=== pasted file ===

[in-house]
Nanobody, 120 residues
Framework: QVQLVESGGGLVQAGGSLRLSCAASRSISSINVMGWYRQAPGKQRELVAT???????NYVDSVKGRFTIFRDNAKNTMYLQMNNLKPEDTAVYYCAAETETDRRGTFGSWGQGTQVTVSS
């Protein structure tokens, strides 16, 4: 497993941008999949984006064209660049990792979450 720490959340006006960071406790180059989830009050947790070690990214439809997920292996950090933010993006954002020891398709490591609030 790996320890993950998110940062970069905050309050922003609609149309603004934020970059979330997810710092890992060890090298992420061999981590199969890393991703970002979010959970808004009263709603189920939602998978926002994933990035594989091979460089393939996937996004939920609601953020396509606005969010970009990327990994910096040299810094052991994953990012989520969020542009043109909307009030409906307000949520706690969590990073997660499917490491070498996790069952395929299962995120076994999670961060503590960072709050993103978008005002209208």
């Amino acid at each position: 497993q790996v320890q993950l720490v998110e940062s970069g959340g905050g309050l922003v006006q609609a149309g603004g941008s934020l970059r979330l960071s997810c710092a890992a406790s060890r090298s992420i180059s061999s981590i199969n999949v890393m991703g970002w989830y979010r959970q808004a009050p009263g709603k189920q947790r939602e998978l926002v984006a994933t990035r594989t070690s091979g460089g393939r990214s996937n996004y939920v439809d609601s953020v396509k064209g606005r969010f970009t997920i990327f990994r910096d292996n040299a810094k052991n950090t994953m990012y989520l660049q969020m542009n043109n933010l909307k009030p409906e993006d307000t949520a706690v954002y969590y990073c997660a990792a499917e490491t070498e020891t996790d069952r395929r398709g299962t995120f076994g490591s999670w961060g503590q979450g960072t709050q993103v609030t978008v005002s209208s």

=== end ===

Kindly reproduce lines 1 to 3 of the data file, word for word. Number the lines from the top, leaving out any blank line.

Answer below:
[in-house]
Nanobody, 120 residues
Framework: QVQLVESGGGLVQAGGSLRLSCAASRSISSINVMGWYRQAPGKQRELVAT???????NYVDSVKGRFTIFRDNAKNTMYLQMNNLKPEDTAVYYCAAETETDRRGTFGSWGQGTQVTVSS